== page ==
Old-Fashioned Ways for Saving Money
by Tamara Martfeld
Our current world is full of money-stripping conveniences. Many of those conveniences are really nice to have, but if saving money is the goal or a necessity, taking a good look at the modern conveniences in your life can save you a bundle.
Some of the conveniences are so engrained in our lives that we forget they are conveniences. One way to identify your conveniences is to compare your live to that of a cave-dweller. Those who lived in caves did not have running water, electricity, telephones, microwaves, instant food (well, raw fruits and vegetables might be considered instant food for them), telephones, ATMs, cars, etc. Some of these conveniences are required by laws to be connected in some locations – for example, I am required by law to have running water, electricity, gas, and sewer connected in my home. However, even if the connection is required, the usage is not always required (it is forbidden in my area to use alternates to the sewer connection).
I am not suggesting never using your conveniences. I am suggesting you take a good look at how you use those conveniences in order to save some money. For example, do you drive to a store three blocks away to pick up one or two items? If the neighborhood is save you might consider walking to the store, riding a bicycle, or using a motor-scooter (the mobility devices advertised to people with difficulty walking). Any of these options will save you money on the fuel your car uses, and some will even give you some extra exercise.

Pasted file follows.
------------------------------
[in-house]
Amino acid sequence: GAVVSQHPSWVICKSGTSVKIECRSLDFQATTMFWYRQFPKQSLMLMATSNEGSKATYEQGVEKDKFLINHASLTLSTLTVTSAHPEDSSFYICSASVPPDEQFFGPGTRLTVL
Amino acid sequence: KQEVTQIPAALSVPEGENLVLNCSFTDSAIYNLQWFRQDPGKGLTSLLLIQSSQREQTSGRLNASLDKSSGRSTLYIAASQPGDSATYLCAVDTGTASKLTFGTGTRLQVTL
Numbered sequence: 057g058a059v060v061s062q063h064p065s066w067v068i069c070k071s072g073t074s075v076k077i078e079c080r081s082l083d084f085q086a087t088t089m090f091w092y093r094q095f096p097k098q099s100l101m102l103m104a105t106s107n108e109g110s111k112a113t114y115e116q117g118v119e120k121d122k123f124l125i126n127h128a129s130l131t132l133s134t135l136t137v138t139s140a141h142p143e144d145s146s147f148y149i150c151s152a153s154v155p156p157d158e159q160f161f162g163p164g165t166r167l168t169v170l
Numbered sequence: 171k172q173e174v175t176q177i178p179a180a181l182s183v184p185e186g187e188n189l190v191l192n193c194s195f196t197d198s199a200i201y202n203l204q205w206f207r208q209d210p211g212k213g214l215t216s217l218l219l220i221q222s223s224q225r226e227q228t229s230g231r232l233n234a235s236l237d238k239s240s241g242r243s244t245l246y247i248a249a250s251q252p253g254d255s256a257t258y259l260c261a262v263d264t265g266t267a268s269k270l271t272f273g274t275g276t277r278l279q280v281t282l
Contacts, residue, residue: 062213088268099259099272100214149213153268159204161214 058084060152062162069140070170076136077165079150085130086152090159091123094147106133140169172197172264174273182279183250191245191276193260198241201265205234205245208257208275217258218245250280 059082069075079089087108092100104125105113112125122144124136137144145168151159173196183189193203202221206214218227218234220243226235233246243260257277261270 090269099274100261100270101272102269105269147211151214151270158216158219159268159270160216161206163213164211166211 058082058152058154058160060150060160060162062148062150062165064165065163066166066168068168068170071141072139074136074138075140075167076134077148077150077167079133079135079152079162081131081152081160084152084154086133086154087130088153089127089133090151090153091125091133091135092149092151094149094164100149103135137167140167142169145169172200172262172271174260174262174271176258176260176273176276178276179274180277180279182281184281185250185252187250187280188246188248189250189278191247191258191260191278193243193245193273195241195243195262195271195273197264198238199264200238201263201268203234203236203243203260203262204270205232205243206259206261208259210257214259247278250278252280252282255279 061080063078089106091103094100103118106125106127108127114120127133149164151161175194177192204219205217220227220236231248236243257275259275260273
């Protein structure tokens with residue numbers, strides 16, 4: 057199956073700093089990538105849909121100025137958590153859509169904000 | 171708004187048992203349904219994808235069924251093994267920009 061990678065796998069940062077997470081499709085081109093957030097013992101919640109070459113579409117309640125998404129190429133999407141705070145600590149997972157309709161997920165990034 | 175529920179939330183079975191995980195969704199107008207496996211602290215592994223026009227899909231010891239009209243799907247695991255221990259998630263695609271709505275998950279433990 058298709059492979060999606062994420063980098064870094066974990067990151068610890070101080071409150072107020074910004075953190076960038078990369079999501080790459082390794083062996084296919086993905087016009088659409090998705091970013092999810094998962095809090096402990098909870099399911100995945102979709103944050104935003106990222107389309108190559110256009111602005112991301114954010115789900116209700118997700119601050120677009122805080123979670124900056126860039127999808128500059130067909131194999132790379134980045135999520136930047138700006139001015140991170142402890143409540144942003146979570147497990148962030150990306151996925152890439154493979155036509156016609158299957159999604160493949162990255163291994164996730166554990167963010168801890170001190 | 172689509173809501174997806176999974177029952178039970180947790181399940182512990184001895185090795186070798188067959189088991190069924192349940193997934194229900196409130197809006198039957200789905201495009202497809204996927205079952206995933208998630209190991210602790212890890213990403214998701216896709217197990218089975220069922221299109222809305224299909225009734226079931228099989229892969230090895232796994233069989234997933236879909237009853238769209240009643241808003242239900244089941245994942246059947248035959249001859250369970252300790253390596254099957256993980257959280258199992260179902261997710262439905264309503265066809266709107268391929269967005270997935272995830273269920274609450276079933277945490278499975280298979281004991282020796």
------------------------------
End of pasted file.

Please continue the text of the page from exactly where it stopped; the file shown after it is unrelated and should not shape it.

Electricity is a convenience people forget is a convenience – remember the ability to use it is less than 300 years old. There are lots of ideas out there for saving electricity, but there are a few that I rarely or never see.
- How many items do you have plugged in that are not used daily? Many electronics today use electricity even if you are not currently using them. For example, anything with a clock or memory is using electricity for those features. Unplug what you can – it may also save you bigger expenses. If there is a power surge after a power outage the power surge can destroy anything plugged in. I have gotten to the point of unplugging almost everything if I am not using it due to power surges in my area.
- To save on lighting it is generally recommended to use newer light bulbs. However, do you really need the electric light in the first place? In the day time you can open a curtain and have the light needed for most activities. If you are really pinching pennies, carefully use candles. Flashlights are another option – batteries from items which need more power can frequently be used in lower-power items (like flashlights) to use up the power in the battery (another savings).
- Use non-electric options when possible, for example, bar-be-que instead of using a stove or oven, hand-operated can-opener instead of the electric can-opener, hand-washing dishes instead of using a dish washer. Look at how the activity was done before electricity or the modern tool was available. How frugal you go depends on how frugally you want or need to live.